285

Is it possible to append to an empty data frame that doesn't contain any indices or columns?

I have tried to do this, but keep getting an empty dataframe at the end.

e.g.

import pandas as pd

df = pd.DataFrame()
data = ['some kind of data here' --> I have checked the type already, and it is a dataframe]
df.append(data)

The result looks like this:

Empty DataFrame
Columns: []
Index: []
3
  • 1
    Answered a similar question here: stackoverflow.com/questions/13784192/…. basically something like this newDF = pd.DataFrame() #creates a new dataframe that's empty newDF = newDF.append(oldDF, ignore_index = True) # ignoring index is optional Feb 24, 2017 at 5:31
  • Append what? A single value? a Python list? a pandas Series? Another Dataframe? Your example trailing comment suggests you mean another dataframe - so give a dataframe in your example code, already :)
    – smci
    Aug 4, 2019 at 13:46
  • And when you say "The result looks like this", I hope you're not trying to directly do print(df.append(data)), because append() always returns None in Python
    – smci
    Aug 4, 2019 at 13:50

5 Answers 5

507

That should work:

>>> df = pd.DataFrame()
>>> data = pd.DataFrame({"A": range(3)})
>>> df.append(data)
   A
0  0
1  1
2  2

But the append doesn't happen in-place, so you'll have to store the output if you want it:

>>> df
Empty DataFrame
Columns: []
Index: []
>>> df = df.append(data)
>>> df
   A
0  0
1  1
2  2
11
  • 14
    Thank you! That worked! I didn't realize that I had to store the output... I probably should have read the documentation better, but I appreciate it, @DSM!
    – ericmjl
    May 16, 2013 at 21:06
  • 16
    i always forget you need to assign it!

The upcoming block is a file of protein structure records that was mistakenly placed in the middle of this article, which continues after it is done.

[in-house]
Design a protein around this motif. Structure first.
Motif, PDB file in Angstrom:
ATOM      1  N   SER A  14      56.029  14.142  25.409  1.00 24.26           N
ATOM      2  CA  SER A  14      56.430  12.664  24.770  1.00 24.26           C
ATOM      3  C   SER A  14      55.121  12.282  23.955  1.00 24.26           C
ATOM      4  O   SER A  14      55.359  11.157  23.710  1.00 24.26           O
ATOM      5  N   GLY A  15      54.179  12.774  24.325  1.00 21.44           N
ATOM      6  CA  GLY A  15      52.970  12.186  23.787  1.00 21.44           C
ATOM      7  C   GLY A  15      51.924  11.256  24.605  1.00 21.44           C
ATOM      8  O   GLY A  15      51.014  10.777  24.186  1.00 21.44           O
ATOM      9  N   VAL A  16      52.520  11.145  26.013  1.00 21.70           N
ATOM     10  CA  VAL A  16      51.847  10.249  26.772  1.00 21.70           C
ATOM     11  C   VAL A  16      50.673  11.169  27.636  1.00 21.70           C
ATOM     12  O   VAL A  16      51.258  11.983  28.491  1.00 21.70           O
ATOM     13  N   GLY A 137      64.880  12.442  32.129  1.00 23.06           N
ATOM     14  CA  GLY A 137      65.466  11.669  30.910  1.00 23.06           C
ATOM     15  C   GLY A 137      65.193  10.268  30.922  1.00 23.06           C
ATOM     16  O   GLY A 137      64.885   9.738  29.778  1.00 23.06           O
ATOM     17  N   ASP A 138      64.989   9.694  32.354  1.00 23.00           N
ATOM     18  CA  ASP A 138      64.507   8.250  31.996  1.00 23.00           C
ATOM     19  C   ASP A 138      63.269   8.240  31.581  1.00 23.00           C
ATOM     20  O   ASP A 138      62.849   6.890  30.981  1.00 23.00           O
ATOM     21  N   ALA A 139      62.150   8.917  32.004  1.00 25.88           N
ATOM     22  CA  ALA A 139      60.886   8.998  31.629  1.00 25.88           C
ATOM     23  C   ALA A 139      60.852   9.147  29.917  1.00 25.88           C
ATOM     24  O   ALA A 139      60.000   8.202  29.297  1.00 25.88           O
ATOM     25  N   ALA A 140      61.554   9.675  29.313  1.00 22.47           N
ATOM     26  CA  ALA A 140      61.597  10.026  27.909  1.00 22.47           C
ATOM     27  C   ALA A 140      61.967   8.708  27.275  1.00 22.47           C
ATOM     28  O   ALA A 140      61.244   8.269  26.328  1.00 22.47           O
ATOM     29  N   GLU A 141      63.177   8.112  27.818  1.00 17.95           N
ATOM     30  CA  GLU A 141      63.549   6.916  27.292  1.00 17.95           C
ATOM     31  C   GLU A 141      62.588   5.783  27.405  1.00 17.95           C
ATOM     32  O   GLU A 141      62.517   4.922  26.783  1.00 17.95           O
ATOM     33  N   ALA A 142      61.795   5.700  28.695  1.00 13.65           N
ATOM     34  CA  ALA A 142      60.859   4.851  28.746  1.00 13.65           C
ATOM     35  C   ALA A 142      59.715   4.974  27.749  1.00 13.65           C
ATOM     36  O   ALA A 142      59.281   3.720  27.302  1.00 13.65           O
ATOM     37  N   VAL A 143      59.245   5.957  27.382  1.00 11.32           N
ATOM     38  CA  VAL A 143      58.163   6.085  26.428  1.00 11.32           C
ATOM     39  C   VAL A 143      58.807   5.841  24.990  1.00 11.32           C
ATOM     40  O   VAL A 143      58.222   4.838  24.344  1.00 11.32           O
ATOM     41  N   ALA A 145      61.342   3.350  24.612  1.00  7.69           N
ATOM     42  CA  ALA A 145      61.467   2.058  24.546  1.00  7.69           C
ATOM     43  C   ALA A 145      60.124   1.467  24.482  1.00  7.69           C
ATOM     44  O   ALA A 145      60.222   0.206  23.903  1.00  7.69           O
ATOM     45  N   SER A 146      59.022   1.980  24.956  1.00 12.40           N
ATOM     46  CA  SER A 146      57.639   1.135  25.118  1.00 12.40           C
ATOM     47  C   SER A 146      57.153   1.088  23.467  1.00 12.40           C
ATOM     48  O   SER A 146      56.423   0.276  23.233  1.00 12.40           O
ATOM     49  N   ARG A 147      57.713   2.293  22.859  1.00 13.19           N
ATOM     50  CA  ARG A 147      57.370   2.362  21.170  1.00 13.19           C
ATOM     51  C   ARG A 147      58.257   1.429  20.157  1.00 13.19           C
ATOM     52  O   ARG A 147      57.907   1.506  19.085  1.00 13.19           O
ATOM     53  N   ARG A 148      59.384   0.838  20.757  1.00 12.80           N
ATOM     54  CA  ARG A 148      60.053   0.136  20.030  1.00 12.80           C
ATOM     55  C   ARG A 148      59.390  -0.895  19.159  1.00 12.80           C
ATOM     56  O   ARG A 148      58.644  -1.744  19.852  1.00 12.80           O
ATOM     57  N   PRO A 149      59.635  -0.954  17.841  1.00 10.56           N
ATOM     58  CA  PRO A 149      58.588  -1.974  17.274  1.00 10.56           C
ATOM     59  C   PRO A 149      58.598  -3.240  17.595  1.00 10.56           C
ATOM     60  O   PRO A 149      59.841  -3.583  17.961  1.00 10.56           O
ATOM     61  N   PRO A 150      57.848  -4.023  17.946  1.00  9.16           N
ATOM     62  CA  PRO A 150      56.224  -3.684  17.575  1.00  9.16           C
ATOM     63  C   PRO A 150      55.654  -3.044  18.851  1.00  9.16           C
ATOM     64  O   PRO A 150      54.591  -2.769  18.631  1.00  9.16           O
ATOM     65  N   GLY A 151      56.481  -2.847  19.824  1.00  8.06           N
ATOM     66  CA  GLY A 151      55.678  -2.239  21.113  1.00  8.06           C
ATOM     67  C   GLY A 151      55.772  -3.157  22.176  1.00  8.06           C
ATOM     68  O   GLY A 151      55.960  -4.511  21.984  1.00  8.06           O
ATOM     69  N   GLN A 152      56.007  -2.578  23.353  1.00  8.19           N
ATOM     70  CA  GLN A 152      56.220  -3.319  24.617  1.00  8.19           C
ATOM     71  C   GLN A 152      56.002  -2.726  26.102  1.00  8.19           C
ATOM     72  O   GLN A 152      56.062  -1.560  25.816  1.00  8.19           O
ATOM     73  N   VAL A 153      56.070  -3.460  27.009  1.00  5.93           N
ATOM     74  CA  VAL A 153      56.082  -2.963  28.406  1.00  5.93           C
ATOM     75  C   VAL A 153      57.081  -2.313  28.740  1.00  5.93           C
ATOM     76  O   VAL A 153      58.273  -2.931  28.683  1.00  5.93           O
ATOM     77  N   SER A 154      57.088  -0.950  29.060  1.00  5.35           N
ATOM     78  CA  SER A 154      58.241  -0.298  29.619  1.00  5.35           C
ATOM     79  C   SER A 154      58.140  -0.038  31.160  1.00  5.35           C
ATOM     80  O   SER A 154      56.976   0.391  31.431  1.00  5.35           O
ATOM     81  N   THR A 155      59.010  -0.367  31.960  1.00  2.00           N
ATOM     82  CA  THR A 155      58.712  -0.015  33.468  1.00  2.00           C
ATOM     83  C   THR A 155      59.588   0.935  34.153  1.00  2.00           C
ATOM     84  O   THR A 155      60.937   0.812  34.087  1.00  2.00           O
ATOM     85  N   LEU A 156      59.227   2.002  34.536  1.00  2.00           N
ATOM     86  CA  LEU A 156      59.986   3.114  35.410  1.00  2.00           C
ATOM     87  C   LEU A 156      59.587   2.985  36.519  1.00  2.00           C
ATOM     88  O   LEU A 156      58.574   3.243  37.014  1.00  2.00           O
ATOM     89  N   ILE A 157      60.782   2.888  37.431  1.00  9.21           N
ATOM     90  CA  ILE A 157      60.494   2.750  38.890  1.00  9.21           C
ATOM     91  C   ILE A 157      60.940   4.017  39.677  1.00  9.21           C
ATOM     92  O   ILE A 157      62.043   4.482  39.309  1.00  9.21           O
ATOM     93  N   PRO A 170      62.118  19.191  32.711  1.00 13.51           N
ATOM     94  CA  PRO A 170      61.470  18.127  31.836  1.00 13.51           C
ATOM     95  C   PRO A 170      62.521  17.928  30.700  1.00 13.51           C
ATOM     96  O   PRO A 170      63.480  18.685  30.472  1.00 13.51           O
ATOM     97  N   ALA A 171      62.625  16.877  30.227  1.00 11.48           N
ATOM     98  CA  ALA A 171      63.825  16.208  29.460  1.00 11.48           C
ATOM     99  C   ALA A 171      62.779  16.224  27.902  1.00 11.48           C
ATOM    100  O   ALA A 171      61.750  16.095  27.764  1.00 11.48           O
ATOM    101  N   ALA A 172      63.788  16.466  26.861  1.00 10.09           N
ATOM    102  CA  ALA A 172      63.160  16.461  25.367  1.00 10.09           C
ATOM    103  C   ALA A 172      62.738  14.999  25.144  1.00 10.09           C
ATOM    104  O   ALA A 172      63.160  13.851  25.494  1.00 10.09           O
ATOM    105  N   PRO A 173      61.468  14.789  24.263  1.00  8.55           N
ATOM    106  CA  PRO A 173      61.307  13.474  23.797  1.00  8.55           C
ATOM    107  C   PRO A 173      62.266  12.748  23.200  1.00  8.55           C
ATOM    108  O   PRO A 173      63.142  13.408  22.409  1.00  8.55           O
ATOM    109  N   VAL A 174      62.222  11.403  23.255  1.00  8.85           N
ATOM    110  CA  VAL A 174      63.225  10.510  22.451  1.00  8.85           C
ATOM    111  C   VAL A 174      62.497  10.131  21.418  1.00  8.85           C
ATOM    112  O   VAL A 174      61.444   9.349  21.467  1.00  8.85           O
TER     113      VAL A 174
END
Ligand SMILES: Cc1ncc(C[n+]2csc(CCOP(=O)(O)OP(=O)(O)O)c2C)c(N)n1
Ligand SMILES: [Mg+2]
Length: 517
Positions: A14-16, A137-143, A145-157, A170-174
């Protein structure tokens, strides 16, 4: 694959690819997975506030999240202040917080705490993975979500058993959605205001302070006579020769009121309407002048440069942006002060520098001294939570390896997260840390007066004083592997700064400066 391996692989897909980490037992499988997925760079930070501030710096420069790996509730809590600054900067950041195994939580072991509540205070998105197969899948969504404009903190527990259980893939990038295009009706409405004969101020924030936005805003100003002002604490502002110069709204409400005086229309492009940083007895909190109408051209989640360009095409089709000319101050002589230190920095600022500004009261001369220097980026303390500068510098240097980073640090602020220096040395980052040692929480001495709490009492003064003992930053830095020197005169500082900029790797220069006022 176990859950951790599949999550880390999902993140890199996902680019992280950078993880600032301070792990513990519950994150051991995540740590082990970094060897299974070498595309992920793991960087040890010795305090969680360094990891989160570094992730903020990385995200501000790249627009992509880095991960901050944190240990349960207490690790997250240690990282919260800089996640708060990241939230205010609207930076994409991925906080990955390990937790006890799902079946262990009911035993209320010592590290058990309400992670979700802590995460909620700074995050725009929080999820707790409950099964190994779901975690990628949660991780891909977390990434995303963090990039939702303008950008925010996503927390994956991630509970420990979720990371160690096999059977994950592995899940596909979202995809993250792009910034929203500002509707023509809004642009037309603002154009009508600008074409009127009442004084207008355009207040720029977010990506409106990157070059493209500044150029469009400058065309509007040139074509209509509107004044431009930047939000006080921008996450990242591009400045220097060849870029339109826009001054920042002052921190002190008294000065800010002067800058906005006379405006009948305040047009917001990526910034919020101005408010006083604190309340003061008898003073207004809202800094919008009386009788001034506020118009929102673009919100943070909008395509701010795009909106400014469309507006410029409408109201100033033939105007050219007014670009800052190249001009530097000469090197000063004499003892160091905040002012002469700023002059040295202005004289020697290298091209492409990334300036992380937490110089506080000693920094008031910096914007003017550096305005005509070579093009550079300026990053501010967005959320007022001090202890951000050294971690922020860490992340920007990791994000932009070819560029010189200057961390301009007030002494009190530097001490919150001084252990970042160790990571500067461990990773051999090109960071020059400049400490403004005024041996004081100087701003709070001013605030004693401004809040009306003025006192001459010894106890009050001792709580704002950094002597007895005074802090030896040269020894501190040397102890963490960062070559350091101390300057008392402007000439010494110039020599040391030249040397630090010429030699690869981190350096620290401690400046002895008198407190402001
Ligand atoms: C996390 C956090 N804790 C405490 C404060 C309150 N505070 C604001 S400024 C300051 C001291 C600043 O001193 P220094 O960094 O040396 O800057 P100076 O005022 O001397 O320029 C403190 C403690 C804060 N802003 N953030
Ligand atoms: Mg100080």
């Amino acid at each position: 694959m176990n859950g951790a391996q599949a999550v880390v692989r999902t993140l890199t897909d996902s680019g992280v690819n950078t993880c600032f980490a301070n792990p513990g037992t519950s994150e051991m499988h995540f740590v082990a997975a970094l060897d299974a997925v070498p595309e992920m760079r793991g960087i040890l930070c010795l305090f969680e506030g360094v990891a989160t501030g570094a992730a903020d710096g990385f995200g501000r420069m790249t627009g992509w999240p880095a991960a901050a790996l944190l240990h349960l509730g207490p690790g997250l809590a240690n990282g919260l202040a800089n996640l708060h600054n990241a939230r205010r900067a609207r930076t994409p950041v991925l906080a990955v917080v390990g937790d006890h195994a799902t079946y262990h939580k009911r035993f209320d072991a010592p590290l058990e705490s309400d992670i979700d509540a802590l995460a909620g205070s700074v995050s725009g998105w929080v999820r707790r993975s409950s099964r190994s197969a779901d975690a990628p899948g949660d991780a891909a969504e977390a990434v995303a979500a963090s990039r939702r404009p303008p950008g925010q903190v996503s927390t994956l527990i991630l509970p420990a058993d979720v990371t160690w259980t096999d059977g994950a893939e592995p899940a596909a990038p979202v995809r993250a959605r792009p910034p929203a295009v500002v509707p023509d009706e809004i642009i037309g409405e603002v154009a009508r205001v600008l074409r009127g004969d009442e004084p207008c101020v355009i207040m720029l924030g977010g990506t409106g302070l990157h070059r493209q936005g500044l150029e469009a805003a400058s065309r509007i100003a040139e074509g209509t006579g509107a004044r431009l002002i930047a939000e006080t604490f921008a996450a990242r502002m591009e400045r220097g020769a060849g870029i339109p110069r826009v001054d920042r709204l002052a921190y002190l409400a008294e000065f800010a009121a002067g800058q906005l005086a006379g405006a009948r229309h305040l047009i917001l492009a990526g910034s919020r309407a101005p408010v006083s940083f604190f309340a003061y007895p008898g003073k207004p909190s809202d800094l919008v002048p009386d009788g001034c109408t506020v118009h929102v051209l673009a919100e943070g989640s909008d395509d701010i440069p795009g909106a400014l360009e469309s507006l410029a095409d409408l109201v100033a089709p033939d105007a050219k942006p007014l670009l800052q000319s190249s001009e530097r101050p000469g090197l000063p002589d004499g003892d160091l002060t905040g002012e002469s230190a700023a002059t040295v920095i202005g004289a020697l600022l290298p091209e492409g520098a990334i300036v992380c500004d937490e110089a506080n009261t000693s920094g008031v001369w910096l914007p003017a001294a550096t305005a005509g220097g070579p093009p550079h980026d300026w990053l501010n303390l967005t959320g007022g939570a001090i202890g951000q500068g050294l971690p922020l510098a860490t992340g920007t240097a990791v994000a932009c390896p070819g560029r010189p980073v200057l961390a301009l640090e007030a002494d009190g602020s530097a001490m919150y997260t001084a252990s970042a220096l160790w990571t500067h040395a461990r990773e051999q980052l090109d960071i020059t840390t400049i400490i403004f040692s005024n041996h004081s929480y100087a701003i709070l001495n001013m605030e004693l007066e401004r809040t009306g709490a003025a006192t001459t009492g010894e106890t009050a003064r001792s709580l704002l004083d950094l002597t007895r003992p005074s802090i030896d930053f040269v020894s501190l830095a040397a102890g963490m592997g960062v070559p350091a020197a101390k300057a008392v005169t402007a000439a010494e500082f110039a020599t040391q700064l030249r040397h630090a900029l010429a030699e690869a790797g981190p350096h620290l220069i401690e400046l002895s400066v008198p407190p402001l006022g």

– Andy B
    Aug 4, 2014 at 19:07
  • 89
    actually that append doesn't happen in place is the most important info here ;)
    – refuzee
    Jun 30, 2015 at 16:32
  • 10
    No clue why Pandas examples don't show that. Thanks for your help! Jul 15, 2017 at 18:55
  • 5
    note that at least in june 2018 if you'd like the new rows to auto-index themselves, you should write df.append(data, ignore_index=True). Thanks for the great answer!
    – Adam B
    Jun 15, 2018 at 19:04
125

And if you want to add a row, you can use a dictionary:

df = pd.DataFrame()
df = df.append({'name': 'Zed', 'age': 9, 'height': 2}, ignore_index=True)

which gives you:

   age  height name
0    9       2  Zed
2
  • 1
    Low performace, specially when dealing with large data
    – raullalves
    Oct 7, 2018 at 2:57
  • 7
    Can you put that in relation to the other proposed alternatives, @raullalves?
    – Bouncner
    Jun 3, 2019 at 11:14
34

You can concat the data in this way:

InfoDF = pd.DataFrame()
tempDF = pd.DataFrame(rows,columns=['id','min_date'])

InfoDF = pd.concat([InfoDF,tempDF])
3
3

I tried this way and it works

import pandas as pd

df = pd.DataFrame(columns =['columnA','columnB'])
data = {'columnA':'data', 'columnB':'data'}
df = df.append(data)
2

pandas.DataFrame.append Deprecated since version 1.4.0: Use concat() instead.

Therefore:

df = pd.DataFrame() # empty dataframe
df2 = pd..DataFrame(...) # some dataframe with data

df = pd.concat([df, df2])

Not the answer you're looking for? Browse other questions tagged or ask your own question.